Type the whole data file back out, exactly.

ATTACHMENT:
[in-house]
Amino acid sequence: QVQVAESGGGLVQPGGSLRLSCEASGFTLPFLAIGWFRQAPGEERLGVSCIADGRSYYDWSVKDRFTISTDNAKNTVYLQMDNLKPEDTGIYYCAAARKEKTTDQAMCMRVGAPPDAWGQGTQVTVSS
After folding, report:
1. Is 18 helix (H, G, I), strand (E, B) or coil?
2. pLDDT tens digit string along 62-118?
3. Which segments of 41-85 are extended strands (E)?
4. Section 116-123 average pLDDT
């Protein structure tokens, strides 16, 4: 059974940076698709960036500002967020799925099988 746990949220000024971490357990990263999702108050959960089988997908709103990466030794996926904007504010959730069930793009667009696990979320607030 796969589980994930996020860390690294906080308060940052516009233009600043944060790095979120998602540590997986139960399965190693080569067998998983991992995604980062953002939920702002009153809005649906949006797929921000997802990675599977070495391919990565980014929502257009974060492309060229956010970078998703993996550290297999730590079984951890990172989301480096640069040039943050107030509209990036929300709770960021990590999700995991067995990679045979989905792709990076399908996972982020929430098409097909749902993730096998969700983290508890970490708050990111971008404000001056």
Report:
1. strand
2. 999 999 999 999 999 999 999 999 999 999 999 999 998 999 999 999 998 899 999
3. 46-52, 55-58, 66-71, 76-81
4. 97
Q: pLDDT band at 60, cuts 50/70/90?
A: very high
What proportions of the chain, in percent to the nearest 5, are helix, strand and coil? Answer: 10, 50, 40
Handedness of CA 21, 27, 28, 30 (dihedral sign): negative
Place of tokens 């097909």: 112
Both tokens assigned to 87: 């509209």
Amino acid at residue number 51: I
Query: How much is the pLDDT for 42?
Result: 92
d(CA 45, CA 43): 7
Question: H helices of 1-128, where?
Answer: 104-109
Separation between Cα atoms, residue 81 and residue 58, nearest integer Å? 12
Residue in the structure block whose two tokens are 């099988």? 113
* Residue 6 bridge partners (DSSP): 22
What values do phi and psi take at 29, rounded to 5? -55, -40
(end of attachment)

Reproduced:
[in-house]
Amino acid sequence: QVQVAESGGGLVQPGGSLRLSCEASGFTLPFLAIGWFRQAPGEERLGVSCIADGRSYYDWSVKDRFTISTDNAKNTVYLQMDNLKPEDTGIYYCAAARKEKTTDQAMCMRVGAPPDAWGQGTQVTVSS
After folding, report:
1. Is 18 helix (H, G, I), strand (E, B) or coil?
2. pLDDT tens digit string along 62-118?
3. Which segments of 41-85 are extended strands (E)?
4. Section 116-123 average pLDDT
């Protein structure tokens, strides 16, 4: 059974940076698709960036500002967020799925099988 746990949220000024971490357990990263999702108050959960089988997908709103990466030794996926904007504010959730069930793009667009696990979320607030 796969589980994930996020860390690294906080308060940052516009233009600043944060790095979120998602540590997986139960399965190693080569067998998983991992995604980062953002939920702002009153809005649906949006797929921000997802990675599977070495391919990565980014929502257009974060492309060229956010970078998703993996550290297999730590079984951890990172989301480096640069040039943050107030509209990036929300709770960021990590999700995991067995990679045979989905792709990076399908996972982020929430098409097909749902993730096998969700983290508890970490708050990111971008404000001056």
Report:
1. strand
2. 999 999 999 999 999 999 999 999 999 999 999 999 998 999 999 999 998 899 999
3. 46-52, 55-58, 66-71, 76-81
4. 97
Q: pLDDT band at 60, cuts 50/70/90?
A: very high
What proportions of the chain, in percent to the nearest 5, are helix, strand and coil? Answer: 10, 50, 40
Handedness of CA 21, 27, 28, 30 (dihedral sign): negative
Place of tokens 């097909």: 112
Both tokens assigned to 87: 């509209």
Amino acid at residue number 51: I
Query: How much is the pLDDT for 42?
Result: 92
d(CA 45, CA 43): 7
Question: H helices of 1-128, where?
Answer: 104-109
Separation between Cα atoms, residue 81 and residue 58, nearest integer Å? 12
Residue in the structure block whose two tokens are 């099988």? 113
* Residue 6 bridge partners (DSSP): 22
What values do phi and psi take at 29, rounded to 5? -55, -40